Here is something to think about. It might seem like the author of 1 Chronicles is repeating the same facts and text that we have already read in Samuel and Kings concerning David and Solomon. But remember that the author of 1 Chronicles wanted to emphasize God’s covenant faithfulness, and to encourage his readers to obey the Lord. Yes, there are very long lists of genealogies and many details concerning the army. Reading all the details about the Levitical priesthood and temple service preparations can seem very tedious. But the author is intentional here. Look more closely at what is being written. Pay particular attention to the manner in which the author traced God’s working throughout sacred history. Note especially how constant the author is in presenting the line of David as the chosen lineage of the Messianic king. We will encounter this particularly in chapter 17. Israel had serious planning to do now that the temple of God…the center of worship…was about to be built. The author took this seriously. It is as though he was proclaiming “The Jerusalem temple is the house of God, and the Levitical priesthood is the only legitimate temple ministry.” And when we get to chapters 28-29, notice how much attention David and Solomon and others paid to the details of the temple’s construction and the joy they experienced in the renewed opportunity to make sacrifices to the Lord.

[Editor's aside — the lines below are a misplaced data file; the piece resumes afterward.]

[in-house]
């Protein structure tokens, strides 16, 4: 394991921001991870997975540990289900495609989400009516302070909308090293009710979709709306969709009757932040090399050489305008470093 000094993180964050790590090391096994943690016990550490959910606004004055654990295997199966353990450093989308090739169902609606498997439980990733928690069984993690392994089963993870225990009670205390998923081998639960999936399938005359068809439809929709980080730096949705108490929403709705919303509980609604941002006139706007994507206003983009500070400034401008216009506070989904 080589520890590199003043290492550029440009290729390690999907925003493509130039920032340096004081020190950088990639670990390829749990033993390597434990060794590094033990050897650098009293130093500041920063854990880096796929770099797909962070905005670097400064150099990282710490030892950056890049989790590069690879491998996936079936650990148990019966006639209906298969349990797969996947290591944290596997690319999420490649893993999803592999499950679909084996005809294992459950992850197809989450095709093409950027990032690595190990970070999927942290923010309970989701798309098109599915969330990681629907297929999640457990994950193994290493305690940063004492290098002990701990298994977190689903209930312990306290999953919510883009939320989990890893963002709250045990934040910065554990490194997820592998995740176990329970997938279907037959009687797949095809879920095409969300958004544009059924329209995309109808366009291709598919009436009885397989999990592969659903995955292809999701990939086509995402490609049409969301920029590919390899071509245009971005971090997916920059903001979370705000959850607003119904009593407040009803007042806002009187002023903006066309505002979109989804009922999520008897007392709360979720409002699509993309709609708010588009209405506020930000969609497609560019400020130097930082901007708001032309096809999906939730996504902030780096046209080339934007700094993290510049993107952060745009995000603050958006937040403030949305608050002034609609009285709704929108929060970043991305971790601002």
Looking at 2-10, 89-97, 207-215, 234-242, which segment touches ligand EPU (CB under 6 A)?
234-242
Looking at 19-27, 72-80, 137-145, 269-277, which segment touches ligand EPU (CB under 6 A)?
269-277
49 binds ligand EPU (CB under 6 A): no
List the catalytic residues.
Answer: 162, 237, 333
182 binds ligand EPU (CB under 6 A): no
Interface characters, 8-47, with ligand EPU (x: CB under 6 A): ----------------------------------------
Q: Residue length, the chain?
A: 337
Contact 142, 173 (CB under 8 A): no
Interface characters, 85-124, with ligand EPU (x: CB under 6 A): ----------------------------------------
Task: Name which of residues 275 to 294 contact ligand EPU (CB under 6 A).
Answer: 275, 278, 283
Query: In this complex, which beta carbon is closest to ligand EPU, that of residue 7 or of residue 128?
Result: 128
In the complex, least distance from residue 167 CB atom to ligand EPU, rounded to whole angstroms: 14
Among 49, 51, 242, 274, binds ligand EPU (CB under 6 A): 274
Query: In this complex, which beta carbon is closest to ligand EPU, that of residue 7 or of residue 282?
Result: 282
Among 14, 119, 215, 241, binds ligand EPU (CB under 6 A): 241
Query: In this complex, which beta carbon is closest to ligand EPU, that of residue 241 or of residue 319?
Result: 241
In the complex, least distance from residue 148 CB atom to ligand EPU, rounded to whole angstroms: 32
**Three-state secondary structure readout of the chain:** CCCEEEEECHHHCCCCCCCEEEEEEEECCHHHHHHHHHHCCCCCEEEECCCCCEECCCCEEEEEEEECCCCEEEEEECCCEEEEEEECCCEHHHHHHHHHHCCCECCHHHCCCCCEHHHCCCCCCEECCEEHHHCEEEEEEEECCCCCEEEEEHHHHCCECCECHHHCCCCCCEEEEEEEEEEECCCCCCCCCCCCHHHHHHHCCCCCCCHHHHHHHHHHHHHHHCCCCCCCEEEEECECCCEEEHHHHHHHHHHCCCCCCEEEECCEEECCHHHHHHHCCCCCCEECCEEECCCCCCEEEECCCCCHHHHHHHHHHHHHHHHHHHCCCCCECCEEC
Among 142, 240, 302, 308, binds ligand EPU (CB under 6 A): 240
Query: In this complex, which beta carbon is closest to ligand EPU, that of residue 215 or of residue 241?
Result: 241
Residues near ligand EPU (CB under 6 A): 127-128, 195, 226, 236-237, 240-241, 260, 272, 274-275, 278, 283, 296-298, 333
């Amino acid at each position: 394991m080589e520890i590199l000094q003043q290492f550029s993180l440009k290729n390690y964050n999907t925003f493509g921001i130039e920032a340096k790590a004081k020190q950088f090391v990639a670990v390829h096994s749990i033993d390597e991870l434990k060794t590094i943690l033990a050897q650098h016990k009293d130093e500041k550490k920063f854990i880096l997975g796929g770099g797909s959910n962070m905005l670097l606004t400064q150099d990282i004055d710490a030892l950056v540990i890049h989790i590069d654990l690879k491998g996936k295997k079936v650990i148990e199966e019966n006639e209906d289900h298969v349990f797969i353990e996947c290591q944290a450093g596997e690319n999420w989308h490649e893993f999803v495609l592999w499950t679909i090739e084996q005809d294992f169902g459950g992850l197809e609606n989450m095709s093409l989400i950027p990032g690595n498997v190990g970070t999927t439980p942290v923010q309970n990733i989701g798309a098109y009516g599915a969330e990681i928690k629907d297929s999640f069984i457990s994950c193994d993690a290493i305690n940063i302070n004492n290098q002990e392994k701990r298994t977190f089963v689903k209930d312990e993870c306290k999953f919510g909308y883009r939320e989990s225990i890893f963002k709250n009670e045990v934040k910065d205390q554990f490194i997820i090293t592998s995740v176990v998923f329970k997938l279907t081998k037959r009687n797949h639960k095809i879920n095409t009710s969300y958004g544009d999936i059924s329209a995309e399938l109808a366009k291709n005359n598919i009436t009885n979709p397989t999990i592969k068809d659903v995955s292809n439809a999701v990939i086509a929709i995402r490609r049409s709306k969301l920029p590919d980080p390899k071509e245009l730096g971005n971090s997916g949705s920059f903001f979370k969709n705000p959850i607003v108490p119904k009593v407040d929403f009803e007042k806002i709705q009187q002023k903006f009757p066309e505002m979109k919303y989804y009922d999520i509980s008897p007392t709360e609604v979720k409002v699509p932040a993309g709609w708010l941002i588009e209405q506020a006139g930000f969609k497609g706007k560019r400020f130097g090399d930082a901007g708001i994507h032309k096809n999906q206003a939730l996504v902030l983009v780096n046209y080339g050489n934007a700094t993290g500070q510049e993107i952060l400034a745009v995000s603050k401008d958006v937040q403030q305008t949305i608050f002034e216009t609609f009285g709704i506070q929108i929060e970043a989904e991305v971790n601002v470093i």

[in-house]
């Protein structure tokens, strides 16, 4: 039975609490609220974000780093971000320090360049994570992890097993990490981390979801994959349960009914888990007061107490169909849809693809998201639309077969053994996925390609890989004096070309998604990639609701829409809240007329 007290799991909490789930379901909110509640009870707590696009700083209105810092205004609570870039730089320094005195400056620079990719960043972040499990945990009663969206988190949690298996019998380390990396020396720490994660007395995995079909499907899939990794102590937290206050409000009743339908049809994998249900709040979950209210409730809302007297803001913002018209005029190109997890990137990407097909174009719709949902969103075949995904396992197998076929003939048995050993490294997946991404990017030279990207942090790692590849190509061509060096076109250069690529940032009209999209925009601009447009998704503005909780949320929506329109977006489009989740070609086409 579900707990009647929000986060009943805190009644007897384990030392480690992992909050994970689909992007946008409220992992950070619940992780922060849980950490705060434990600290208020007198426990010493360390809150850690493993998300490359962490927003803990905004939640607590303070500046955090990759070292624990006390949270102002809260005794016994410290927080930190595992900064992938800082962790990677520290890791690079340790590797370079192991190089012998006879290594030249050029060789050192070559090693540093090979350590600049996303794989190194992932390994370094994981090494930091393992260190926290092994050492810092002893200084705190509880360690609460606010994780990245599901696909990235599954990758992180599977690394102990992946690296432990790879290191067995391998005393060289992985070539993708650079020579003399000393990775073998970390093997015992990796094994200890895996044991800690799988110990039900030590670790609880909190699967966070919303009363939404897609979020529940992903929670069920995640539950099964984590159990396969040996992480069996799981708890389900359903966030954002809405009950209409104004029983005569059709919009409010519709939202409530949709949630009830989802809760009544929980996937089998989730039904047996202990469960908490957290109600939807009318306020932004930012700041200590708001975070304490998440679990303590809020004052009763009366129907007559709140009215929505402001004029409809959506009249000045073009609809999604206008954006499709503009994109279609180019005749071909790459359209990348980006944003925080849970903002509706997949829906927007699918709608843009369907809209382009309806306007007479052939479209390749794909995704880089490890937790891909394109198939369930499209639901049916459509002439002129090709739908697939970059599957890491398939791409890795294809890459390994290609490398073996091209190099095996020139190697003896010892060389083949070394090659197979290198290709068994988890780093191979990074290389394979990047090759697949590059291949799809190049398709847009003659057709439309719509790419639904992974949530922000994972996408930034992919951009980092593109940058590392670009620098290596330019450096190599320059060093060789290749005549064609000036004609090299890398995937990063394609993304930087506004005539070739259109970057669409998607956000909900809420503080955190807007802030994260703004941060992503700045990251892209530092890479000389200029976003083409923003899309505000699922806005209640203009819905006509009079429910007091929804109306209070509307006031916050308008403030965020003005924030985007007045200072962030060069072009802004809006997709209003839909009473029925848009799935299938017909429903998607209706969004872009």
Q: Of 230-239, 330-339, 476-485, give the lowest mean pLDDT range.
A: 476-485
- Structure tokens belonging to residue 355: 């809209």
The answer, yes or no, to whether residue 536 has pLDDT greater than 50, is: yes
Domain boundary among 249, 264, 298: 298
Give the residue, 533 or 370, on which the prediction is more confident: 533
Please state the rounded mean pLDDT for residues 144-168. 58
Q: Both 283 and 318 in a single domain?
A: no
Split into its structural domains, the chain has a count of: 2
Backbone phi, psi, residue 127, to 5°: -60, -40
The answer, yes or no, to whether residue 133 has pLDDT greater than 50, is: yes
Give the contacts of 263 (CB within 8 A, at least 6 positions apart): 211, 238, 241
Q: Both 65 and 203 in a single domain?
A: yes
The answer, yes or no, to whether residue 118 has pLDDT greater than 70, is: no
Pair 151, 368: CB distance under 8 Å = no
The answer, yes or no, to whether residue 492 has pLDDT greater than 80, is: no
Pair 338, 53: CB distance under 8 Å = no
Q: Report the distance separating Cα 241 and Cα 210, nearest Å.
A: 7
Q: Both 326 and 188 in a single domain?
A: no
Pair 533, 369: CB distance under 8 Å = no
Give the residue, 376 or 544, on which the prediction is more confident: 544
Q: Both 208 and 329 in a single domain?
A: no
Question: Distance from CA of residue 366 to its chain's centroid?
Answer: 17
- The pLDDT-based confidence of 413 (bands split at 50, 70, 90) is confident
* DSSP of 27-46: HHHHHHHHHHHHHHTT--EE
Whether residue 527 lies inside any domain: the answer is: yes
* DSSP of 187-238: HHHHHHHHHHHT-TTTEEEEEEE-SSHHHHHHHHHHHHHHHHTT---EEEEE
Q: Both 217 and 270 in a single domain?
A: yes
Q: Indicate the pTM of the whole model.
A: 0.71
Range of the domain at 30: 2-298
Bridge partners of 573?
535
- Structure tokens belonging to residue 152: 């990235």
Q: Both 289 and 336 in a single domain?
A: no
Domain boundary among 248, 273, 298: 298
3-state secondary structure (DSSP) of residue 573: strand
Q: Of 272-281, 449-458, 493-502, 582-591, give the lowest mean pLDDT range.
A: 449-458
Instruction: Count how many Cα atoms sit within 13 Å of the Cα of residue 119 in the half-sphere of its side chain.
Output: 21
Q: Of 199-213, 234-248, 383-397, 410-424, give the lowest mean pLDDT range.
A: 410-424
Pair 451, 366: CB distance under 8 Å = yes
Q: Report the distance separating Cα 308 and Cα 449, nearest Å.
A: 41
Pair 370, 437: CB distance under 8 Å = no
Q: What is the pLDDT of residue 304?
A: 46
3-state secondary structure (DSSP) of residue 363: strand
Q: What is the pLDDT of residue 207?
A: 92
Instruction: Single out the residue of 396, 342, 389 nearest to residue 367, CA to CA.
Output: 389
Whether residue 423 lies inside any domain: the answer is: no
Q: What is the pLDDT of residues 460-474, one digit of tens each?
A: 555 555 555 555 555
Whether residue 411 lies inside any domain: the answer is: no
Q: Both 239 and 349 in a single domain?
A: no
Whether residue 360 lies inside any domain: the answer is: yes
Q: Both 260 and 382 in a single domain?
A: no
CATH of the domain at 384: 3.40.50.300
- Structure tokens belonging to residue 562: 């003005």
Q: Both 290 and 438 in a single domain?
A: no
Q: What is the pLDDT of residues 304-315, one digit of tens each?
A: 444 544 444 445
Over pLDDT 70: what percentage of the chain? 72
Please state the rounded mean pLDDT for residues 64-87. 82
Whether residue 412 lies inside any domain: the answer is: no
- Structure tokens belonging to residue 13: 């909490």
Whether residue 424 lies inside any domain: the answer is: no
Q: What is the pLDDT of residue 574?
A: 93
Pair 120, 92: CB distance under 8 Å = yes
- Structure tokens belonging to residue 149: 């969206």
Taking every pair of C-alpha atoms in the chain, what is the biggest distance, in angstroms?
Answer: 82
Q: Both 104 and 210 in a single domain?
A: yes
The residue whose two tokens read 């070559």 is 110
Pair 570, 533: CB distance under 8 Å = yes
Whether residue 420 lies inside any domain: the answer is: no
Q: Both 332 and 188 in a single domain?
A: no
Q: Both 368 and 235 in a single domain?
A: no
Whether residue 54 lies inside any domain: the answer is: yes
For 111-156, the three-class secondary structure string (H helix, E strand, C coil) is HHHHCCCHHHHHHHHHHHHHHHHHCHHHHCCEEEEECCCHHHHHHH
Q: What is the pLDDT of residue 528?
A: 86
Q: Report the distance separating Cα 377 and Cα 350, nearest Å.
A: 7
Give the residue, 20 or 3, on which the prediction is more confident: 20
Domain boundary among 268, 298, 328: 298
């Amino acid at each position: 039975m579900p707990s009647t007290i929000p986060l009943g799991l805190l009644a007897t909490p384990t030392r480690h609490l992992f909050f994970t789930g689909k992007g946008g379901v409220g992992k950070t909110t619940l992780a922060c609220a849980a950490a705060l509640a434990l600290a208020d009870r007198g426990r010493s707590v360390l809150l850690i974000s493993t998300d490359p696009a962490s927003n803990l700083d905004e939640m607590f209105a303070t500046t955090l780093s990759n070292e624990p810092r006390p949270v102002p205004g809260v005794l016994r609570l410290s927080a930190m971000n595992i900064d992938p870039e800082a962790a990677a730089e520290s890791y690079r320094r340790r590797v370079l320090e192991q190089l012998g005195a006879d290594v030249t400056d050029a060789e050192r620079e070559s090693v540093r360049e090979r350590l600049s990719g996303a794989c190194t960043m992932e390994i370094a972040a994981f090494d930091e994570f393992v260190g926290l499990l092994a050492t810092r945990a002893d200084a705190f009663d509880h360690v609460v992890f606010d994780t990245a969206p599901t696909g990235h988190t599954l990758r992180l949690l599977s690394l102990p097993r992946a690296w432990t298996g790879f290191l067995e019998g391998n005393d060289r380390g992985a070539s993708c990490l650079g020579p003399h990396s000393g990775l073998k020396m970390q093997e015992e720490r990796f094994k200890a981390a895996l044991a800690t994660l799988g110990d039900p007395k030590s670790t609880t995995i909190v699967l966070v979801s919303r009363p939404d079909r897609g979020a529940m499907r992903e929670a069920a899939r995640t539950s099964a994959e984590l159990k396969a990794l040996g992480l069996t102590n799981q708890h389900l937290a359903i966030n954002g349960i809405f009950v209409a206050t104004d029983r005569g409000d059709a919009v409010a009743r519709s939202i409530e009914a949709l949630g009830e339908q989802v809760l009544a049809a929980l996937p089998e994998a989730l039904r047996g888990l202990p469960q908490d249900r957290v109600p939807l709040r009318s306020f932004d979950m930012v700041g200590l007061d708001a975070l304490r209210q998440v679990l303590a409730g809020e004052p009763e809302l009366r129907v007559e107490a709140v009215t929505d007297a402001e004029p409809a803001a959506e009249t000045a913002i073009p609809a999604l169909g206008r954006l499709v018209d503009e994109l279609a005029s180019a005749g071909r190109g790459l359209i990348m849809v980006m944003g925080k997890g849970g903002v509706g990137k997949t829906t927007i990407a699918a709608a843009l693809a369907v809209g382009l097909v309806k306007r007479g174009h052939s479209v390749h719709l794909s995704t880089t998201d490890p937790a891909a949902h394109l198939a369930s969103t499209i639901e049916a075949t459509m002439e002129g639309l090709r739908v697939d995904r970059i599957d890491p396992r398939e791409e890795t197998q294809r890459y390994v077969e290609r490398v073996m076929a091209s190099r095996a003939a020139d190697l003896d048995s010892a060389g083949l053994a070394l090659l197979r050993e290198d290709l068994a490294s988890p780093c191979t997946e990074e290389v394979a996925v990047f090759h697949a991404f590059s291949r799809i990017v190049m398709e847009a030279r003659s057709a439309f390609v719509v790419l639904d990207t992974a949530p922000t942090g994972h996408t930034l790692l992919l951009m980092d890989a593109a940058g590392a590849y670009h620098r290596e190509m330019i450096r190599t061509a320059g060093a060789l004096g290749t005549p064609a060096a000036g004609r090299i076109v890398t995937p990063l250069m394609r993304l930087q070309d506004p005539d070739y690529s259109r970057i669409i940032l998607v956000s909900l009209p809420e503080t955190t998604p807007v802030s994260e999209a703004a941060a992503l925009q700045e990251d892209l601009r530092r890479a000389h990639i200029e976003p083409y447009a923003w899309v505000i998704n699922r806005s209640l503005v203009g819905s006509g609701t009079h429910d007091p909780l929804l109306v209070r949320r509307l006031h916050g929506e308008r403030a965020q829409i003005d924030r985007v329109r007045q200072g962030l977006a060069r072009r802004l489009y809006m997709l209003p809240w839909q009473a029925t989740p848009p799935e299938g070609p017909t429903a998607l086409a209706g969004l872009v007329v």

Judah and Benjamin, the only surviving tribes of Israel had returned to the land after the Babylonian exile and they had rebuilt the temple in Jerusalem. But in some ways, it still seemed they were in exile. They didn’t have a good understanding of where they fit with God after the 70-year absence from Jerusalem and they didn’t understand how they fit in with the Davidic line and covenant. This book was also written for social renewal. After having been in exile they had to learn how to be a nation all over again. And they certainly did not want to make the same mistakes their forefathers did. It was important for them to do things differently. But to do that, they needed to understand what had gone wrong before them.